Most articles are discovered when someone types a question into a search engine.
If your website pops up and successfully answers your reader’s question, then you're onto a winner. If not, they'll exit quick-sharp and Google will punish you for wasting their time with a lower search ranking.
A lower search ranking is bad news for your site because it means your page will disappear down the search engine results page, or worse, onto that barren no-man’s land that is page two and beyond.
But don't panic too much, because this is all fixable.
First things first. Yes, you should always write for humans. But a thoroughly SEO’d website can really help your rankings.
Here are three essential things to remember.
Step 1: Keyword research
Ranking for a keyword term or phrase that gets at least a few queries each month earns you bonus visitors. You probably don’t want to tackle competitive phrases where you’ve got little chance to rank on page 1. But you also don’t want to be ranking brilliantly for a search term no one ever types.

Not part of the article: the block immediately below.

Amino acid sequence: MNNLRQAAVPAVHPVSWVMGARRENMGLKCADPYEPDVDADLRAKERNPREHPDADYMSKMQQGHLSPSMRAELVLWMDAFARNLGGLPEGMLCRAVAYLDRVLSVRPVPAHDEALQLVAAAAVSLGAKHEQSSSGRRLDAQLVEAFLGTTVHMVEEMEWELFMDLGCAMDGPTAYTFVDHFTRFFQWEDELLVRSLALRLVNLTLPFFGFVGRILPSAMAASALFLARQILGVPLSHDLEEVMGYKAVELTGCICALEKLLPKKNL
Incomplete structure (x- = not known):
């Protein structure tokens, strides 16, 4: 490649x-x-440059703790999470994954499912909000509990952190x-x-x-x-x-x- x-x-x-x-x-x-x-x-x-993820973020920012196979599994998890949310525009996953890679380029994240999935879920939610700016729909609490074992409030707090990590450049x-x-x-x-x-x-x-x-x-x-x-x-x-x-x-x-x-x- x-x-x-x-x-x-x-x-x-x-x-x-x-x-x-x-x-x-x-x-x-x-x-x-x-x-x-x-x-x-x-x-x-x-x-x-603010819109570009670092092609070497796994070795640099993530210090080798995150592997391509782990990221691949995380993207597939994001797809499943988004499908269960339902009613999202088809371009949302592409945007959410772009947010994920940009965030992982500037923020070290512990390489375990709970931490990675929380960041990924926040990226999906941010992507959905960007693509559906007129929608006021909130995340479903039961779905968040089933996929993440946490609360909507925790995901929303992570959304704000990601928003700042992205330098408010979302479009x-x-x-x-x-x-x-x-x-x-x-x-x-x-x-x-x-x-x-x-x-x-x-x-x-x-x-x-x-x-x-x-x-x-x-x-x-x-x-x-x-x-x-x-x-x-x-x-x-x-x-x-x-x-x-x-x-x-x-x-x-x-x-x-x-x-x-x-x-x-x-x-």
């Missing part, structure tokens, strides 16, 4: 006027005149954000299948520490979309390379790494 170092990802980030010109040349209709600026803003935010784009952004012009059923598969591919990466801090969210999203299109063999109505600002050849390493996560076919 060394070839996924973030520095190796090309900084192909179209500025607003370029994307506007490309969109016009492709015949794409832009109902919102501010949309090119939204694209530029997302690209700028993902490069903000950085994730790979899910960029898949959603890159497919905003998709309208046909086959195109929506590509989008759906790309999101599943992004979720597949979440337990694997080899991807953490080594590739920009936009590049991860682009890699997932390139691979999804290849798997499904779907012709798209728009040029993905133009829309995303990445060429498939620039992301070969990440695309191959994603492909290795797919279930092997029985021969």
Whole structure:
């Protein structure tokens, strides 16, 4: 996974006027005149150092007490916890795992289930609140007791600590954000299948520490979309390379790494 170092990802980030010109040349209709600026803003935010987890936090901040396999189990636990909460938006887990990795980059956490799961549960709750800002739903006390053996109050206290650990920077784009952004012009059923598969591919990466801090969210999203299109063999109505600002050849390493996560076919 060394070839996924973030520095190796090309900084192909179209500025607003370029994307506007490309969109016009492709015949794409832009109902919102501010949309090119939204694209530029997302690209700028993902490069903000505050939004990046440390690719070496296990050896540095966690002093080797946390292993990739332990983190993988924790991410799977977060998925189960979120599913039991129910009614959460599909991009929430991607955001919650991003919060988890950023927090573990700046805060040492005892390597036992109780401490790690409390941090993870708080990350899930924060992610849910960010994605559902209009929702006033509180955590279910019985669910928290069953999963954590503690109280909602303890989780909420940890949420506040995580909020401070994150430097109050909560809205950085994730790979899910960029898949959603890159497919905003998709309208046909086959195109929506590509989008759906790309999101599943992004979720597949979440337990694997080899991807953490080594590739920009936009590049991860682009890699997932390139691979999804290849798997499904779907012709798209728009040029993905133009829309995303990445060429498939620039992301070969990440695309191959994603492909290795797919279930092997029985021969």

In general, phrases with fewer searches are going to be less competitive, so aim somewhere near the top, but be realistic.
Google’s Keyword Planner Tool is still the best one out there to show volume levels.
Psssst…. Another useful keyword research source is Google’s autosuggest. It often illuminates keyword ideas that you may not have seen through AdWords Planner.
Step 2: Headline
Once you’ve found a few keywords that might work, modify your blog post’s title to include it if you can. But remember: a lot of a post’s potential success is based on its ability to get in front of the right eyes.
A title that’s optimised for keyword placement but doesn’t resonate readers and sharers isn’t worth compromising.
Step 3: Length
500 is the magic number.
That’s at least 500 words, including headlines and subheaders.
This is how long search engines think a blog post should be if it contains information that’s worth reading.
And if you have more to say? Go for it. But remember: don’t just jam in a load of keywords. Make sure you cover your topic and include plenty of niche-relevant vocabulary.
So now we've told you how to rank higher and become more discoverable - why not check out our article on 'Nine traits of a bad writer' so you can find out what to avoid!